Nick M. notes that only women submit to Clarkesworld using initials (in place of a first name). Which I found especially interesting because at SH, at least a third of the submitters who use two-initials-and-a-last-name for a byline are female, but at least 43% are male, and I don't know about the other 23%. Which led me to wonder why the men who submit to us using initials aren't submitting to Clarkesworld, at least not using their initials. Nick notes that he takes horror and we don't, but that doesn't explain why those men aren't submitting to him. One possibility is just that they don't know about Clarkesworld; I've been meaning to post for months saying "Y'all writers should be submitting to Clarkesworld Magazine! They pay 10¢ a word--twice SH's rate--for up to 4000 words of fiction!" But I've also been meaning to point y'all to various other newish markets, and so I was holding off 'til I could mention all of them at once. So much for that plan.
Sudden new paragraph!
Anyway, the above reminded me of something I've been meaning to mention for a while: it turns out that there's one pair of initials that's been used in the byline of seven female authors who've submitted to us, but no male authors. And another pair of initials that five male authors have had in their byline, but no female authors. I suspect that this is yet another case of sample space being too small to be statistically useful (only about 530 authors have submitted to us using initialed bylines, and there are a bunch of sets of initials used by both at least one male author and at least one female author), but I still thought it was interesting, and I'll be curious to see whether we ever see submissions using those particular initials from the other gender.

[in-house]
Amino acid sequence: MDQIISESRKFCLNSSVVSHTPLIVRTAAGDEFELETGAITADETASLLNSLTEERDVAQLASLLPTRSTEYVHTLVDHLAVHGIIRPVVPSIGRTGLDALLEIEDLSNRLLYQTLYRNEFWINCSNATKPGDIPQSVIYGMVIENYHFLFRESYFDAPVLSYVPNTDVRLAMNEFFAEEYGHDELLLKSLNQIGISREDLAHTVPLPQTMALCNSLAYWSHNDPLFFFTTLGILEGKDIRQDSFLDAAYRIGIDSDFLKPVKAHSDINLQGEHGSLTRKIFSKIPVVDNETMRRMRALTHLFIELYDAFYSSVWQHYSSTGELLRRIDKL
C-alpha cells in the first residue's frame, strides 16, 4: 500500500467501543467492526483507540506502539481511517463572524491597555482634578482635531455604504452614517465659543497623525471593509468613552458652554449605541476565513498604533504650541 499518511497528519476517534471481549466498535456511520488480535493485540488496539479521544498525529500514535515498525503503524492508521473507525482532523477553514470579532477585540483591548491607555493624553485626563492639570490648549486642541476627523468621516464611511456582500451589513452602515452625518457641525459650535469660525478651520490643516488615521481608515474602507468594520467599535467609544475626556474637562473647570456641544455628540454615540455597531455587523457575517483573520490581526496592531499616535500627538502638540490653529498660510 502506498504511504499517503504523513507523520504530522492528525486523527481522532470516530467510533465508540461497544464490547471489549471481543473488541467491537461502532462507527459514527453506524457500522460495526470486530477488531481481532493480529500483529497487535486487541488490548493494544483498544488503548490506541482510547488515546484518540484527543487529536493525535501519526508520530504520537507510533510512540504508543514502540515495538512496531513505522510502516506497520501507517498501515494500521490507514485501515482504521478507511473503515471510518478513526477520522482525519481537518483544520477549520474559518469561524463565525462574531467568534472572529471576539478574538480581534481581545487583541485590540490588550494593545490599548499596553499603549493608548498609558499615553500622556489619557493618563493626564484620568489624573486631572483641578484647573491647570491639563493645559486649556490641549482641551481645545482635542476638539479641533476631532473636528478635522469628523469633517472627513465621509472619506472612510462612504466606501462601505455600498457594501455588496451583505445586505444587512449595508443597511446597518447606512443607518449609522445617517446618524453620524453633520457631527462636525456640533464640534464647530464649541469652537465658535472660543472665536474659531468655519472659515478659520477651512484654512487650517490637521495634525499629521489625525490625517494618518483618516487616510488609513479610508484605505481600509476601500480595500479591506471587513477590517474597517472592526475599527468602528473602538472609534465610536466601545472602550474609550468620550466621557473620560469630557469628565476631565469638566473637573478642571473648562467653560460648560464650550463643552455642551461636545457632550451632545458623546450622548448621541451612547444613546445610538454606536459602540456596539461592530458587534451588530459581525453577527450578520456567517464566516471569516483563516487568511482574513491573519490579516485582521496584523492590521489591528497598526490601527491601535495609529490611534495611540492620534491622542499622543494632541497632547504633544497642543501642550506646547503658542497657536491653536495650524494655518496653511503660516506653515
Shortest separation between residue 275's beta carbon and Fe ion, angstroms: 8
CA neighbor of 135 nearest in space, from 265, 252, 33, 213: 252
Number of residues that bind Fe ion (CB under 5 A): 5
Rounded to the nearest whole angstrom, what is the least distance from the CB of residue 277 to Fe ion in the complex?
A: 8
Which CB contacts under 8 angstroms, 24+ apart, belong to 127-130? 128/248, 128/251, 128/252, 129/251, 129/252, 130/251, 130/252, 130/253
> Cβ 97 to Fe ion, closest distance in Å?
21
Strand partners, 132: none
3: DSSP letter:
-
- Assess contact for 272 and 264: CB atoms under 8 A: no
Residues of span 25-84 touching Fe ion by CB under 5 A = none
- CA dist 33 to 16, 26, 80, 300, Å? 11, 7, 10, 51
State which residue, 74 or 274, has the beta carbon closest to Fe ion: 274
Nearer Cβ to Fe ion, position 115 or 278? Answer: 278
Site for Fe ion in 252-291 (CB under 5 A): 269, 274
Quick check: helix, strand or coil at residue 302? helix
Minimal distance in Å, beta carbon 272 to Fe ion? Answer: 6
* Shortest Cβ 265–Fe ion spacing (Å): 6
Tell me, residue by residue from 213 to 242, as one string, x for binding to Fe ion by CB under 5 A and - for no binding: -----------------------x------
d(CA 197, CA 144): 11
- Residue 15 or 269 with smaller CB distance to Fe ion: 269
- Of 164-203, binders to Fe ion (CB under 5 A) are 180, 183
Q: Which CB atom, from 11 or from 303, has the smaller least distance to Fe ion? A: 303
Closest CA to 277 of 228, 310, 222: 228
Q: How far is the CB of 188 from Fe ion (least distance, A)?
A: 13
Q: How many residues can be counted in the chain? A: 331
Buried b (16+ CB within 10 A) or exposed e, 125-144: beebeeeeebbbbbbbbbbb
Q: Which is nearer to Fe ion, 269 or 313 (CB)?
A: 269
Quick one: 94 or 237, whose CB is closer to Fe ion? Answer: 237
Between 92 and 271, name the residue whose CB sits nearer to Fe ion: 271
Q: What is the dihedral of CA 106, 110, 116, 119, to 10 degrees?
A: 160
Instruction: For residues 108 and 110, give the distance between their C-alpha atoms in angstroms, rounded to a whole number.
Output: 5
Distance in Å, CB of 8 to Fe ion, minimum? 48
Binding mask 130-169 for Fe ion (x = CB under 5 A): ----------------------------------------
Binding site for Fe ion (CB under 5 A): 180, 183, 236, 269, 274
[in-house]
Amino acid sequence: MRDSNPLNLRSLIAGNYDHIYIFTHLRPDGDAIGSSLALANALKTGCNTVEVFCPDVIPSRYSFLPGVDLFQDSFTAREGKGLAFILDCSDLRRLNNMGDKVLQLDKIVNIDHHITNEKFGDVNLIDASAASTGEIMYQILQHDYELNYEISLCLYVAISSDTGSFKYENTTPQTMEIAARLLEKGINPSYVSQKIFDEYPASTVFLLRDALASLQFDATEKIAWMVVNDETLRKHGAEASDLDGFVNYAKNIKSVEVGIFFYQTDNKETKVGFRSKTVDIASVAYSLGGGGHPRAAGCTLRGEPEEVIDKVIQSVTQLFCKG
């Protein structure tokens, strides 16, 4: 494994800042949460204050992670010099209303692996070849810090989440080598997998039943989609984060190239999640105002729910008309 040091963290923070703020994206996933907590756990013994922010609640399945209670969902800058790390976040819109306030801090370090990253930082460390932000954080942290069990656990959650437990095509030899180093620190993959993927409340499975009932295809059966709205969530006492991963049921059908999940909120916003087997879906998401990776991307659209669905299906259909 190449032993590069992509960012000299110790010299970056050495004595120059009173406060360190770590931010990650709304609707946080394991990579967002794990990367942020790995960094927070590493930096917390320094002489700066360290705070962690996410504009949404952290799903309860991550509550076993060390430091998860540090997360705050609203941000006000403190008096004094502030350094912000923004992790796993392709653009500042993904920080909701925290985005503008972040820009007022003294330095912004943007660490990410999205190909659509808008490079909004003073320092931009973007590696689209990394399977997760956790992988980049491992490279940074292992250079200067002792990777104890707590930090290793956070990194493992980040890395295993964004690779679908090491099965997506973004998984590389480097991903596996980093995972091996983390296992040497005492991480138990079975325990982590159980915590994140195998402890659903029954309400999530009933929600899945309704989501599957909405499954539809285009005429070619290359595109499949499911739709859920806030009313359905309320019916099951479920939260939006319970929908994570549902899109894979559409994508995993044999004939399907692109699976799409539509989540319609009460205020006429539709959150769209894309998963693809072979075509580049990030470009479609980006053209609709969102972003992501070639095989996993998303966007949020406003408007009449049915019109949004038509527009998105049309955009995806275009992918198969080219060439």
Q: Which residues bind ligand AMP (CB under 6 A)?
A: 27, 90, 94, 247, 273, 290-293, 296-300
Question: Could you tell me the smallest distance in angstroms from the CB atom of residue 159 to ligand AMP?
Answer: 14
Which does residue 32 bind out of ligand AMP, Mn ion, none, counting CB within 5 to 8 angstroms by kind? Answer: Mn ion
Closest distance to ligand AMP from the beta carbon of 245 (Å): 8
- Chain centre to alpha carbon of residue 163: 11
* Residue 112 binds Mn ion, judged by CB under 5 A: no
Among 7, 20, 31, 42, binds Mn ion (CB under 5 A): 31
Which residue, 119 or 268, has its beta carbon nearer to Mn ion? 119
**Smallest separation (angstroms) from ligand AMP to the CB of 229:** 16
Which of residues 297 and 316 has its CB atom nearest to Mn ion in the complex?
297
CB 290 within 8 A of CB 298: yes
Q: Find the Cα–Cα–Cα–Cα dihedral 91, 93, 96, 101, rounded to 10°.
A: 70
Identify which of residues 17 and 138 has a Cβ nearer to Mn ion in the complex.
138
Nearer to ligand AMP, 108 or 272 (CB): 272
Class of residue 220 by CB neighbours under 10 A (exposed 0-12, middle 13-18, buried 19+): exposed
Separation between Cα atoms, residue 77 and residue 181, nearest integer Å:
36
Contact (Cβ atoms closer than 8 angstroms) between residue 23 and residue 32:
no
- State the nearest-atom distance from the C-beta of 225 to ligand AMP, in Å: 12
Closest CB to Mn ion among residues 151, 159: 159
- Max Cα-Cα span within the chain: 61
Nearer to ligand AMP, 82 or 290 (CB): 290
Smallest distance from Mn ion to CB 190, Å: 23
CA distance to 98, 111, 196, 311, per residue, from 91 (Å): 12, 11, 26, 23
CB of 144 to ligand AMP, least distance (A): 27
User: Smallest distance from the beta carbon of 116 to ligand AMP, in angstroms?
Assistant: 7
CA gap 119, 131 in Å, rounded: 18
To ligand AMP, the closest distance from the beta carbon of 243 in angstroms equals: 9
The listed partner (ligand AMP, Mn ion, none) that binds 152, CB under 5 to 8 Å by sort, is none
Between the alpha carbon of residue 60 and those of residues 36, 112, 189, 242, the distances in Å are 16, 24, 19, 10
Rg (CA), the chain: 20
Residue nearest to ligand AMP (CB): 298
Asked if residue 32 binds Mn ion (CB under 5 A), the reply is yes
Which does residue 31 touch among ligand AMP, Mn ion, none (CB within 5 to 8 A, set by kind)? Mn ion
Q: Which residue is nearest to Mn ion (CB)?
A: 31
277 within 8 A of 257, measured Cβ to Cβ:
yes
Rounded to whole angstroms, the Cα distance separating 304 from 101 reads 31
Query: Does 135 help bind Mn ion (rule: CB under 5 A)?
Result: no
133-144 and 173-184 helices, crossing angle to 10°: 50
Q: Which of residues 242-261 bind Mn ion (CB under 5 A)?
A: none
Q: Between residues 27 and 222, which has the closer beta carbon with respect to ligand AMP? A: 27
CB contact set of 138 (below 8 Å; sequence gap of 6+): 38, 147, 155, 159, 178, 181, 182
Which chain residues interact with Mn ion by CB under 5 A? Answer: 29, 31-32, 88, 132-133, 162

I bet you're curious what the initials are. Unfortunately, I don't feel like I can say publicly, 'cause some of them might not want their gender publicly known. But in both cases, they're not sets of initials that I think of as traditionally gendered--I don't look at them and immediately say "Oh, that must be a woman/man."
Okay, now that I've talked your ear off (written your eye off?) with completely pointless statistics, I'll move on to some more-relevant stuff about SH; see next entry.